BBA students launch Dorset crab and lobster boat replica Witch of Weymouth

James Bird - Witch of Weymouth - Jack Soesman at the bow

Gemma Blathwayt - Witch Launch - BBA Gemma Blathwayt - Witch - BBA Tracey Marler - Witch of Weymouth -final touches and rigging BBA

Witch of Weymouth launch – thanks to James Bird, Gemma Blathwayt and Tracy Marler for the photos

Chelsea Davine - Class of March 2010 - BBA 1

BBA class of 2010 – photo by Chelsea Davine

Boat Building Academy staffer Emma Brice has written in with some photos of the last boat to be built and launched by last year’s student intake – and it’s also one that has become something of a local celebrity.

Witch of Weymouth has been featured in many local newspapers, on television, and there is a even three-part series currently running in Water Craft magazine under the punning title of the Baird Witch Project, a name that refers to a cult movie and to the policeman turned boat builder who led her building – Ian Baird.

‘The boat is also due to appear at the National Maritime Museum Cornwall (NMMC) at Falmouth later this year.

‘Ian’s passion for boat building was ignited when he restored a 26ft Fairey Atalanta. Having absolutely no practical skills but with hope in his heart and love of a challenge Ian managed, with the help of more knowledgeable friends, to get her afloat again and in the process found something he loves doing.

‘The Witch of Weymouth, if you haven’t heard, is a historical replica of a Dorset lobster and crab boat named Witch of Worbarrow. Here is some more information on her history, taken from Ian’s excellent Facebook Group ‘Witch of Weymouth’ which has followed the build from stem to sail:

‘The original Witch was built in Weymouth in 1902 and rowed to Worbarrow on the Isle of Purbeck on one tide by John and Robert Miller. She served many years as a fishing boat on the Purbeck shores, later being converted to a gaff-rigged day sailer for leisure.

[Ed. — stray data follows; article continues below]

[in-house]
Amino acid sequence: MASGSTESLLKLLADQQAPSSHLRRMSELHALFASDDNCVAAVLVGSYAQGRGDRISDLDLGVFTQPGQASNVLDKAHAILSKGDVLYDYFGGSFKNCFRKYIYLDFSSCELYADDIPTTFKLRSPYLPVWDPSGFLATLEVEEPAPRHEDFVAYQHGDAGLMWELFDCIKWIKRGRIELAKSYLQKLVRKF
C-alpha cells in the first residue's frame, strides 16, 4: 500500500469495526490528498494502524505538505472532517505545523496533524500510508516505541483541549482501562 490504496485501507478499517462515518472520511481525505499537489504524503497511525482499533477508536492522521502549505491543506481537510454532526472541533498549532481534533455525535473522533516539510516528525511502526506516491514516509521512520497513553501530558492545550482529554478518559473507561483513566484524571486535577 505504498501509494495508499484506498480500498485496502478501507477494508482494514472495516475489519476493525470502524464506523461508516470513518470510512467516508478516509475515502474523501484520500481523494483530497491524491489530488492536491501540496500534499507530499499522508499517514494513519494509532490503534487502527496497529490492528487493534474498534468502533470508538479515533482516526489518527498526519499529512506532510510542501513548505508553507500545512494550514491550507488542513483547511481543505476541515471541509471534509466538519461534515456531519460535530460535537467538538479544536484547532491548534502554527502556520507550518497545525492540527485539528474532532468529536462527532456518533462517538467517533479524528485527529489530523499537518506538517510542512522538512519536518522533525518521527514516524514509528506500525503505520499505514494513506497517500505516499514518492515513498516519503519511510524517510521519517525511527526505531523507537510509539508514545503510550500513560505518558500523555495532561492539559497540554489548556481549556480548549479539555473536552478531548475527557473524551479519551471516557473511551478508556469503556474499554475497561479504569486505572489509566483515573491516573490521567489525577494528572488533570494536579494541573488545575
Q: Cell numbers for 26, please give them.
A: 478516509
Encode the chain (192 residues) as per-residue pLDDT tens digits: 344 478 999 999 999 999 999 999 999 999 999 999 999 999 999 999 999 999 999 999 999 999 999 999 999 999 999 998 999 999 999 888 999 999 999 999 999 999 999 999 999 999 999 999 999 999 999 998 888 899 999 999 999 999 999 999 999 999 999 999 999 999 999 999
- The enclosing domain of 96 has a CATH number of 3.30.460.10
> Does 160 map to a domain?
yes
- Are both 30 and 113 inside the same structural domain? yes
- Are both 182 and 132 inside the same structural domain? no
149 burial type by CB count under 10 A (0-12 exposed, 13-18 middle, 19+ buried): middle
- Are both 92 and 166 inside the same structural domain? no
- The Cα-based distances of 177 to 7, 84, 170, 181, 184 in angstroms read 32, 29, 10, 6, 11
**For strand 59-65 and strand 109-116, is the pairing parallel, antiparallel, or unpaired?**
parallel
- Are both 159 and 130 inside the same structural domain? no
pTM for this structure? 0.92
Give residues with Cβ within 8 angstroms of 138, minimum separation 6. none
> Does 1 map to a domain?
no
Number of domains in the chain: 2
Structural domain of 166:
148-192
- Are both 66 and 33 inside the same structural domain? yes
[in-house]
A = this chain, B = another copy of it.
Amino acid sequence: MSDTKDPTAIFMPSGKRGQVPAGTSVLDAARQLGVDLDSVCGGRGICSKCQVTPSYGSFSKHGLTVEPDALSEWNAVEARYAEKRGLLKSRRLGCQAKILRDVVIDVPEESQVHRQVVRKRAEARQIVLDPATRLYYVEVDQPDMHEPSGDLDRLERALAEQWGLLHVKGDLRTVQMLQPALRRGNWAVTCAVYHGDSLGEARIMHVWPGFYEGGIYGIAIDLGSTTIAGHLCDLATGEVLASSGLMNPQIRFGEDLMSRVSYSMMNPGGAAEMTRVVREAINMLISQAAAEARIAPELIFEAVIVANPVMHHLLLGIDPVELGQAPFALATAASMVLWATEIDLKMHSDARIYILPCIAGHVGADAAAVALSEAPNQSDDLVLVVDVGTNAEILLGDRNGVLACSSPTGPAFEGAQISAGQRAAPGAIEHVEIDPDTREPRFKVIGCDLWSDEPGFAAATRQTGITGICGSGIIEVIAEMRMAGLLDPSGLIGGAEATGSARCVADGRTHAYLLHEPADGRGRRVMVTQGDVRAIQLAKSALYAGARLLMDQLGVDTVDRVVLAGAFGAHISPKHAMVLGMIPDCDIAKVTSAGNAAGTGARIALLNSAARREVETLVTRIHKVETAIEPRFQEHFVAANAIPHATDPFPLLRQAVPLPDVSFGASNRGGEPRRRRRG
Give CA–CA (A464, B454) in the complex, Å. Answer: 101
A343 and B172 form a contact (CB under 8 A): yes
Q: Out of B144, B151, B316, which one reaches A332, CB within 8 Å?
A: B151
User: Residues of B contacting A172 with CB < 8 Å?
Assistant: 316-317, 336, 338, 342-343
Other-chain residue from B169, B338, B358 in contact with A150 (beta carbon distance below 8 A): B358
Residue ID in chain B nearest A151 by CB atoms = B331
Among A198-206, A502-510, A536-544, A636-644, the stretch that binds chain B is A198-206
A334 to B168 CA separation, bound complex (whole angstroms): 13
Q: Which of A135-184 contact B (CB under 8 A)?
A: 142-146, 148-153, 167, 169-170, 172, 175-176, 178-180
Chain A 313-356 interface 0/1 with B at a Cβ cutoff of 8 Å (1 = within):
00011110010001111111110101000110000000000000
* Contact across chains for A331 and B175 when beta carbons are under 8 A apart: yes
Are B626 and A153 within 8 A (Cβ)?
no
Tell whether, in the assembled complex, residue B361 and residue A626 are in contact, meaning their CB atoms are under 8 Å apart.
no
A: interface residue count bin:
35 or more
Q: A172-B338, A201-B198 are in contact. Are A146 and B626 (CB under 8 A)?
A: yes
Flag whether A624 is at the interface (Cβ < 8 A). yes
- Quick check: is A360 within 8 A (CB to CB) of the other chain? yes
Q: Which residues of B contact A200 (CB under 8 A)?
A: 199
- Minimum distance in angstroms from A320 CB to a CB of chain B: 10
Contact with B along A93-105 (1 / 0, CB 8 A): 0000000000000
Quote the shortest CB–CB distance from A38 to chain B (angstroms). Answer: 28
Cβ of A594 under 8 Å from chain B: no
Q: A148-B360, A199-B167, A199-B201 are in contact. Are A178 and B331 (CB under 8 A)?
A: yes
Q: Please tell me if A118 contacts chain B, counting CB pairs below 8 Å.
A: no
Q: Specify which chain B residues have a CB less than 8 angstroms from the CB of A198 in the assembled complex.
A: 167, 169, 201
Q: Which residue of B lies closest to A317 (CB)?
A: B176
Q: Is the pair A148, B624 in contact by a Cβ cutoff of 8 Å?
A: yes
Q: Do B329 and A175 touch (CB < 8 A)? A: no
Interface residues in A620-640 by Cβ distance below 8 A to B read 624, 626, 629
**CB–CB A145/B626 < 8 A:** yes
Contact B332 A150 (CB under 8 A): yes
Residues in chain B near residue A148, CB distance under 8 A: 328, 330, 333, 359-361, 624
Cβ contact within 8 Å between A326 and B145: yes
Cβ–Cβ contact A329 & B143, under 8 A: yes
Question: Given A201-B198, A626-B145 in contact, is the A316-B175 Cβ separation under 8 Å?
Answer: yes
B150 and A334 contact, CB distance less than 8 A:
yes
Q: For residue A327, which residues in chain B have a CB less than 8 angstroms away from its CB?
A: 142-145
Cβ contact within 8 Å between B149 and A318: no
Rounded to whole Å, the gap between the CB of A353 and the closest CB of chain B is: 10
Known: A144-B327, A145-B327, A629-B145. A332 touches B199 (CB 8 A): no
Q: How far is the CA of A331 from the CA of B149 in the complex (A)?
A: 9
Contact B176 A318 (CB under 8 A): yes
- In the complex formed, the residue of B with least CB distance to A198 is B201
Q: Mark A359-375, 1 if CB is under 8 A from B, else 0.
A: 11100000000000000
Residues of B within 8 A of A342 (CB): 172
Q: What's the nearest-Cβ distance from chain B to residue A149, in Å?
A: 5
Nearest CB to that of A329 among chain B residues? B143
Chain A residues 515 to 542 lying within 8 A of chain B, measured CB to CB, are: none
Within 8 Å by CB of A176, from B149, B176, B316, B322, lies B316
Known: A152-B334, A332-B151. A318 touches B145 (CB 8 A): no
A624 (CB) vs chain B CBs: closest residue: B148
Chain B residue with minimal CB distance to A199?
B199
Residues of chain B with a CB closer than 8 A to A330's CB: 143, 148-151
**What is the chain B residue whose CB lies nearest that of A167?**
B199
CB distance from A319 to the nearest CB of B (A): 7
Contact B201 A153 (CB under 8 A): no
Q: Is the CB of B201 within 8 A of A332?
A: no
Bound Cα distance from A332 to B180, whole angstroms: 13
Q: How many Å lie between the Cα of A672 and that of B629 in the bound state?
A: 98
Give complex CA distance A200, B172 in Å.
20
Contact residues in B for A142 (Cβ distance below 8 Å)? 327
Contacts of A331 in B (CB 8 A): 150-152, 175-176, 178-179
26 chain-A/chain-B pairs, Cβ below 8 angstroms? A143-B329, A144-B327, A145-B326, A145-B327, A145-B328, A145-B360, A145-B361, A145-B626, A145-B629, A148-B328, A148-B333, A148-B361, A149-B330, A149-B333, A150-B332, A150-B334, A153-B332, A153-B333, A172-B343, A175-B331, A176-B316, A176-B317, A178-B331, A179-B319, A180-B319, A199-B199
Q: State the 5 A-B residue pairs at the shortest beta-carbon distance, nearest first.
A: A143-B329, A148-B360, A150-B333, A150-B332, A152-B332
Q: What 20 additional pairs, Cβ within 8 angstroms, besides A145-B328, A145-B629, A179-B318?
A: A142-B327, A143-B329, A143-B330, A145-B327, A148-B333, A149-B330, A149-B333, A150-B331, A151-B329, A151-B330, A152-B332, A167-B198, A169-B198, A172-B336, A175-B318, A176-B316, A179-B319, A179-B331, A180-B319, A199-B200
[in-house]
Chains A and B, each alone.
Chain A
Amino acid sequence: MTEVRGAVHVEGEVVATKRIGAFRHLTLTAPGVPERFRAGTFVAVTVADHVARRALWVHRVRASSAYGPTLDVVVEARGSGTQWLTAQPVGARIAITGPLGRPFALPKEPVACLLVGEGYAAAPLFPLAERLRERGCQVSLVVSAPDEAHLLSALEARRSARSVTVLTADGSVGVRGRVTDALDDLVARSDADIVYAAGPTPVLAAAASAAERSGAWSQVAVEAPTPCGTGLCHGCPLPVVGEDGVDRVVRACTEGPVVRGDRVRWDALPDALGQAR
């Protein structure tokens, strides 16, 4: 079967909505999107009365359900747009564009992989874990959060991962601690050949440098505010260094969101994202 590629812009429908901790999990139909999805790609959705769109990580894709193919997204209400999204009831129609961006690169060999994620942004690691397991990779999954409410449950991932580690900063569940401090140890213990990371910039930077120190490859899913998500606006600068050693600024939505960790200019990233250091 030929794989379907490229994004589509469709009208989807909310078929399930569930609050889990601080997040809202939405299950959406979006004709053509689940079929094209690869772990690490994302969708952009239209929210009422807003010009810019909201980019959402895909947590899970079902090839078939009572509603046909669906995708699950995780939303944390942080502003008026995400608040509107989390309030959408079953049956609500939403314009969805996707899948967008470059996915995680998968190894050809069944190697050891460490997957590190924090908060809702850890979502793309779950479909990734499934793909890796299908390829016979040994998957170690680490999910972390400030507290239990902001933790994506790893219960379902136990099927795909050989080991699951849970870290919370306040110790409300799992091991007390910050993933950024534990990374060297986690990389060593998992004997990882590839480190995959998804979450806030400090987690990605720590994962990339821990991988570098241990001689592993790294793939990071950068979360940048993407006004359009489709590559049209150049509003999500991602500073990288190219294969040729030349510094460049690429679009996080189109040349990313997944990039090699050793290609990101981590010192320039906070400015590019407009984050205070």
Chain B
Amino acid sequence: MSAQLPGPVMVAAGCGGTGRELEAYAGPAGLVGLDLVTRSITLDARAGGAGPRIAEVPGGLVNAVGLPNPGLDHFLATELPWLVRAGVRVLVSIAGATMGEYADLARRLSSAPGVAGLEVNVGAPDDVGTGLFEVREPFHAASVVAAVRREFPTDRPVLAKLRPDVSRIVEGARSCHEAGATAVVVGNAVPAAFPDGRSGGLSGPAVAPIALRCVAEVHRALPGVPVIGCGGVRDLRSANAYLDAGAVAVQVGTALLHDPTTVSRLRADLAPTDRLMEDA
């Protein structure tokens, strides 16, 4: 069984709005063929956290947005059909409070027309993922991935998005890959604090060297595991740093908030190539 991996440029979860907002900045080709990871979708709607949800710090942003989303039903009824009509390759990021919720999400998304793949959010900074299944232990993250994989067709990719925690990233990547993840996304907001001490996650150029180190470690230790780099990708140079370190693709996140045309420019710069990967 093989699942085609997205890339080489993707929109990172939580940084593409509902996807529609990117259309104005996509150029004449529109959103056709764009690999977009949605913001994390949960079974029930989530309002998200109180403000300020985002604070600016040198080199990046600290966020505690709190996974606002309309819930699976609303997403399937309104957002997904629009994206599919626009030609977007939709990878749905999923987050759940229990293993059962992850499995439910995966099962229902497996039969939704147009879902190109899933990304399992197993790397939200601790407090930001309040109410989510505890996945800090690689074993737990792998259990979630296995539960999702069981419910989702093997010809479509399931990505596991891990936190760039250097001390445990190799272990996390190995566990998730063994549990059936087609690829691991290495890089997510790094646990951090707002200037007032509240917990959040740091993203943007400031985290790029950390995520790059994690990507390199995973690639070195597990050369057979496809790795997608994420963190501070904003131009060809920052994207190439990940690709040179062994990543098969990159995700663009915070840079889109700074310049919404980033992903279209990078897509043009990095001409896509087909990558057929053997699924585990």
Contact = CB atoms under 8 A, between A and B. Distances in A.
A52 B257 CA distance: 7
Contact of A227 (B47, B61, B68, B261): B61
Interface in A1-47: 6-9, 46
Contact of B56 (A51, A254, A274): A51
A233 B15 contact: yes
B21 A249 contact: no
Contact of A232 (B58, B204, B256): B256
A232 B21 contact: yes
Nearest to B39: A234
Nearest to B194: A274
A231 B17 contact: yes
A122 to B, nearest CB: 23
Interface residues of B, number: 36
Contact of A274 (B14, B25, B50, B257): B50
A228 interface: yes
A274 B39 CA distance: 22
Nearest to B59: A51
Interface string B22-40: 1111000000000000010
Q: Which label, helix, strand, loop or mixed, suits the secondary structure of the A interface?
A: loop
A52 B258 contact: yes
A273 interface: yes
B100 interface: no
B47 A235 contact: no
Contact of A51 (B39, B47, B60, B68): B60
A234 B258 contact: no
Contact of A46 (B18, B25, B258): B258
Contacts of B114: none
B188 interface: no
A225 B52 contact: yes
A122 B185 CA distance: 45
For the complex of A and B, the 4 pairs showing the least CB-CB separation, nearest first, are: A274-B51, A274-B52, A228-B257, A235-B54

Witch was bequeathed to the National Maritime Museum in 1979 by her late owner, Philip Draper of Arne, near Wareham, Dorset, and as far as we know, she is the only Weymouth crab and lobster boat surviving.

‘108 years old and very nail sick, she is well beyond seeing the water again and so the rebuild of Witch gave us not just a chance to rebuild a piece of our maritime history, but also to find out how an unique craft performed to do its job of sustainably employing and feeding the people who lived in the Purbeck and East Dorset area.

‘The replica is a beautiful example of a sprit rigged, traditional clinker working boat. She is made of oak and larch – oak for the backbone, ribs, thwarts and so on, with larch planking. The mast, spars and oars are made with spruce. She is painted in the same style as her predecessor, with the paint lining the curve of the planking rather than marking the waterline, as is traditional for these boats.

‘Since completing his course Ian has begun work on a restoration project in Bridport, but he has many ideas on what he wants to do in the future, one of which is to recreate a sustainable in-shore fishing fleet using oar- and wind-powered craft.

‘Lending a helpful hand in building Witch was 23-year old Jack Soesman. Formerly a lighting technician from London, Jack has just started a month’s trial at A & R Way in Scotland, where he’ll be working with Mike Dyer, who graduated from the BBA seven years ago.

‘So, what’s happening at the BBA now? The September 2010 group promptly moved into the workshops to begin their boat builds on 10th January. The boats are coming along really well, probably due to there being a record number of 18 students (and a record number of 12 boats being built).